pexels-fiona-art-4931375-2.jpg

As knowledge today is changing rapidly the ability to see, and make connections in the vast amount of new knowledge is crucial. Also, with a massive amount of knowledge a crucial skill today is to rapidly evaluate whether something is worth knowing or not (Siemens, 2004)

Siemens (2004) argues that technology has changed our societies and lives and also our way of learning that we in fact need a new theory of learning. A learning theory that is tuned in with our changed society.

Learning and connecting could perhaps be pictured as a kaleidoscope, small, small individual pieces move around to form a new wonderful pattern. Shaken and stirred, they form, once again, a new beautiful pattern. From the chaos of the abundant amount of information, through collaboration, we form new patterns of knowledge.

But collaboration isn´t something that happens without effort. A good collaborative enviroment needs work to be established and efforts to tend to it to survive. (Jeff Utecht, Doreen Keller)

During this topic our group were inspired to talk about teamwork and how to build teams that perform well together. In my own teaching this is a crucial element since a lot of learning is designed to be done through work in smaller groups.

The Tuckman model distinguishes five stages in the process; forming, storming, norming, performing and adjourning.

It is easy to see that all teams go through some kind of evolvement through phases as described in the Tuckman model. As a team-leader, or educator, knowing these basic principles of team phases, helps in the process of supporting the team to perform. From my own experience I know that giving time and space for the team members to get to know each other is important. Luckily, I now have found ice-breakers that work online too 😊. Making a group contract in the beginning, in the forming phase, is also important. Later, when the first storming phase appears, I´ve noticed that it helps to go back to the contract and discuss it through with the team. This is an easy way to start solving any conflicts not accusing any one, just simply reminding everybody about the common rules, and perhaps adding or removing something from them. In my experience it has been a way of starting a discussion about a conflict in a more solving manner.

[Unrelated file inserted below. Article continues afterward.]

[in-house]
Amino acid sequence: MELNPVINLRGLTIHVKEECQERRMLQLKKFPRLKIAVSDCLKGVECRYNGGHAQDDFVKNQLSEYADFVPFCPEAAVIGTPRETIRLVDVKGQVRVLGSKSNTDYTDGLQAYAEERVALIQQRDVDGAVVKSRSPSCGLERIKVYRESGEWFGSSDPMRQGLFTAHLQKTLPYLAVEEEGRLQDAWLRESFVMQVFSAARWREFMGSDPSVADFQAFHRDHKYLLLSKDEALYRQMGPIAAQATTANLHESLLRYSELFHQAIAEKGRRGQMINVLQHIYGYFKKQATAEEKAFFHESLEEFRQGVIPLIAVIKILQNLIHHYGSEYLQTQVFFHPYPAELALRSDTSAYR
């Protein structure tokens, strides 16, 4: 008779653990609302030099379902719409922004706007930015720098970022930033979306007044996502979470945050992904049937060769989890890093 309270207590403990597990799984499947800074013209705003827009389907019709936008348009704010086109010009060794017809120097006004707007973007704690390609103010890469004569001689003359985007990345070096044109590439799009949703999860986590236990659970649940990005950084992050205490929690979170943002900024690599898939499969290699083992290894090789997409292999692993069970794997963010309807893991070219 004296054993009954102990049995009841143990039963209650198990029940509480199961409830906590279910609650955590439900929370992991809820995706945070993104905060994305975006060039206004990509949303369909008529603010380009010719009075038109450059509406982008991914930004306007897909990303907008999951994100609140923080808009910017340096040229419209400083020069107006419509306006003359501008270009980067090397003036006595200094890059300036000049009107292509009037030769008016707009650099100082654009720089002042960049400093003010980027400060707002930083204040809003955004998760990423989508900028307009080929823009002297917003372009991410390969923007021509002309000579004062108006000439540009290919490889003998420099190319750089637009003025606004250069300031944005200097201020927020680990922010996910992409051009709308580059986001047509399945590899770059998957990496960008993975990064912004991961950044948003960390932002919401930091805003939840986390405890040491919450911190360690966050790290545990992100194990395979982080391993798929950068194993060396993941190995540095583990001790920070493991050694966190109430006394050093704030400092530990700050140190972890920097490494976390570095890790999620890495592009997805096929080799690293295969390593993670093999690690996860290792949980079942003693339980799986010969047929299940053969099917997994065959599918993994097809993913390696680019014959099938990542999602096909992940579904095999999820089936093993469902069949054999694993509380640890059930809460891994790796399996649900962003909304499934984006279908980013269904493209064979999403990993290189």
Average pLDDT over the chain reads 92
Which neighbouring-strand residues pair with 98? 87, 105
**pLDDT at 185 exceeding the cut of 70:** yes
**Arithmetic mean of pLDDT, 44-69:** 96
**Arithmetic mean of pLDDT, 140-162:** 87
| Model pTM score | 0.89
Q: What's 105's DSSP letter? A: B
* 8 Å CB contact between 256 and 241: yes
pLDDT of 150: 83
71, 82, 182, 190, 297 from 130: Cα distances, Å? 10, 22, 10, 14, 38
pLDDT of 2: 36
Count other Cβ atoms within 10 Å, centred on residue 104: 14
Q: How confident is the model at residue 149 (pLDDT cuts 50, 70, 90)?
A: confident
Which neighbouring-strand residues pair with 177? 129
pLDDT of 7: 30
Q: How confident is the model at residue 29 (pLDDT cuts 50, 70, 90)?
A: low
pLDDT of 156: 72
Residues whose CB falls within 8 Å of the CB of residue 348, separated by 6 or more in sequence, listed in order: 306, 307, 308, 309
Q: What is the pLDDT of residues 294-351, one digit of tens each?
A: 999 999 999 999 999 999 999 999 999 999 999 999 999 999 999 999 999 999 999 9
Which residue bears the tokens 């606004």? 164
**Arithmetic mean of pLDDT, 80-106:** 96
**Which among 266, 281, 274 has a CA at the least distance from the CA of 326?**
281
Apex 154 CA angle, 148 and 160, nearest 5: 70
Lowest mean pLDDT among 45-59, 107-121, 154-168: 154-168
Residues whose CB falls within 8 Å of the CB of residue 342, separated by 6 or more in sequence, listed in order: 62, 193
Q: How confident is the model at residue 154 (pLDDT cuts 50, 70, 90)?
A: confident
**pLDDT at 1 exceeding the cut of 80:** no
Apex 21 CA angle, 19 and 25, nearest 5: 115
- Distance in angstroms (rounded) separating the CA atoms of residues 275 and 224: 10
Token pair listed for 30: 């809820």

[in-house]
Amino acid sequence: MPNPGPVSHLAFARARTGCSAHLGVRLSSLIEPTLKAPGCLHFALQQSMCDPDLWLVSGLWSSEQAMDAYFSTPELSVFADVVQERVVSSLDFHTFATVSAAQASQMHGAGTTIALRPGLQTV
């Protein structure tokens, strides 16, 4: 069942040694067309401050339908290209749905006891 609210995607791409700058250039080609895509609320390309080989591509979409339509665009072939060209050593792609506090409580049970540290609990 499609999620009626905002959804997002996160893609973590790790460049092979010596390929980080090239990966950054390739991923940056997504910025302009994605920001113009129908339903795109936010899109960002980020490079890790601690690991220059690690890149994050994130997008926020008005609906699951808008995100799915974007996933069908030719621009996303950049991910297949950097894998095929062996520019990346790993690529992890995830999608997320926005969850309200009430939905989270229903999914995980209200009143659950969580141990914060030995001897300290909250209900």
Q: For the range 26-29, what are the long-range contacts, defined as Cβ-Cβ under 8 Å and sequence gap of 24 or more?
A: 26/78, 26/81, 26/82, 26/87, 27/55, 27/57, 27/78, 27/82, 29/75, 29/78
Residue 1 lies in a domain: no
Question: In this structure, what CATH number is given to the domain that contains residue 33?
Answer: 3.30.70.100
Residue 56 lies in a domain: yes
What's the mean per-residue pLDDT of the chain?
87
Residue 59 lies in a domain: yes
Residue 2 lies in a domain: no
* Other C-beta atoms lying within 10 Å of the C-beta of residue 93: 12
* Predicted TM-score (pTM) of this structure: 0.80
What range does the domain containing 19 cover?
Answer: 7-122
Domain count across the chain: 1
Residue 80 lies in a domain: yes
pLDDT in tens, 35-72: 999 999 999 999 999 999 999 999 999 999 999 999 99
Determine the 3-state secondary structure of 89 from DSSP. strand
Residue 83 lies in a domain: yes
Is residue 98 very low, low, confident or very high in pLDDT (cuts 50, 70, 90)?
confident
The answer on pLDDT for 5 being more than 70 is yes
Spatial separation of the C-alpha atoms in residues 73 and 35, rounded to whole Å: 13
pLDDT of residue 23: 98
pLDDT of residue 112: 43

I´ve also noticed that presenting the Tuckman model to the team in the first meetings has also been a good thing to do. When all team members are prepared of the inevitable bumps in the process they seem easier to overcome.

I have been part of some really wonderful processes where learning communities have reached the phase where they as a whole produce more learning than the sum of the individuals. I think that the kaleidoscope image could work also for the team, watching a team evolve from the first forming phase to the last two, performing and adjourning, is like watching a new beautiful image coming through in my kaleidoscope.

“Quality learning environments include opportunities for students to engage in interactive and collaborative activities with their peers; such environments have been shown to contribute to better learning outcomes, including development of higher order thinking skills.”

(Jane E. Brindley and Christine Walti, Lisa M. Blaschke, 2009)

Brindley, J.E,  Walti, C.,  Blaschke, L.M., 2009, Creating Effective Collaborative Learning Groups in an Online Environment. Retrieved from: View of Creating Effective Collaborative Learning Groups in an Online Environment | The International Review of Research in Open and Distributed Learning (irrodl.org)

Siemens G. (2005), Connectivism: A learning theory for the digital age. In: West, R. (red.), Foundations of Learning and Instructional Design Technology. PBPressbooks. Retrieved from: Connectivism – Foundations of Learning and Instructional Design Technology (pressbooks.com)

Tuckman’s Stages of Group Development – West Chester University (wcupa.edu)

Connecitivism and teams as learning communities